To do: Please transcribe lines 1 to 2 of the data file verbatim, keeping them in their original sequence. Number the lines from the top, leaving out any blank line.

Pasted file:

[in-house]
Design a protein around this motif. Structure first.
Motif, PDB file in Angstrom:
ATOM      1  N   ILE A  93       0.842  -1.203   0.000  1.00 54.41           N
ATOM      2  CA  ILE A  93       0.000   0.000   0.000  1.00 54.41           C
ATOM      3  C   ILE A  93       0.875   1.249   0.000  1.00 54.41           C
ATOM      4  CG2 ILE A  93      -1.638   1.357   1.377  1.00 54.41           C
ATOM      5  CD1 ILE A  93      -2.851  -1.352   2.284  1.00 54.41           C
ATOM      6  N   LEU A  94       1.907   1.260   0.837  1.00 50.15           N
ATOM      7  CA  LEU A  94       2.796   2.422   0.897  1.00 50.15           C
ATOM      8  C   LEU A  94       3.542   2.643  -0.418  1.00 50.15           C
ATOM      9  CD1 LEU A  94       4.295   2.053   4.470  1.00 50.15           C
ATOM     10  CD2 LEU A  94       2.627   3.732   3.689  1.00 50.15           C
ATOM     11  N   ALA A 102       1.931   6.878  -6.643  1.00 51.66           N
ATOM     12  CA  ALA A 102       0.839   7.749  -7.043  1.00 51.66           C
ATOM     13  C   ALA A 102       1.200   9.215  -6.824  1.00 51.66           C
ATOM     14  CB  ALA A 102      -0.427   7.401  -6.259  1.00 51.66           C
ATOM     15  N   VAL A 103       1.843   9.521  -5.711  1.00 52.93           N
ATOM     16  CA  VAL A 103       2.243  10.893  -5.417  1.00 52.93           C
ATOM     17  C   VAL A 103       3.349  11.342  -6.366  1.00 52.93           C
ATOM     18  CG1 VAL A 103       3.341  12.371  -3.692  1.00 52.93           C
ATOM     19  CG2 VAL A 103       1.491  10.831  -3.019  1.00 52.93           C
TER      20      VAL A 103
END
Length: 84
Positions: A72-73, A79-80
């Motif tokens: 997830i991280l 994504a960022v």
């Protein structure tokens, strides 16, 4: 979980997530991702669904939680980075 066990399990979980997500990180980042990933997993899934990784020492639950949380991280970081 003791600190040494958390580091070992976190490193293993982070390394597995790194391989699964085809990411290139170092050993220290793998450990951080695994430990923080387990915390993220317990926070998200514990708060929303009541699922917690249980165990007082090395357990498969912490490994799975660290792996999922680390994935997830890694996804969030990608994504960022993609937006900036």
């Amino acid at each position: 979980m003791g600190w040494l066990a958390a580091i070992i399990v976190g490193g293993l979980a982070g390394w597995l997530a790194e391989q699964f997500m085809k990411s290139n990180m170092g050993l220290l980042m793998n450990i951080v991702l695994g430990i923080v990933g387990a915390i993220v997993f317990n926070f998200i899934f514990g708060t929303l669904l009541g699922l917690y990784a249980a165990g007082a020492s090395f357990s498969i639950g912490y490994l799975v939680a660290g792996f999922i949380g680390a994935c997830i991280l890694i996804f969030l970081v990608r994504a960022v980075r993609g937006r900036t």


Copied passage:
[in-house]
Design a protein around this motif. Structure first.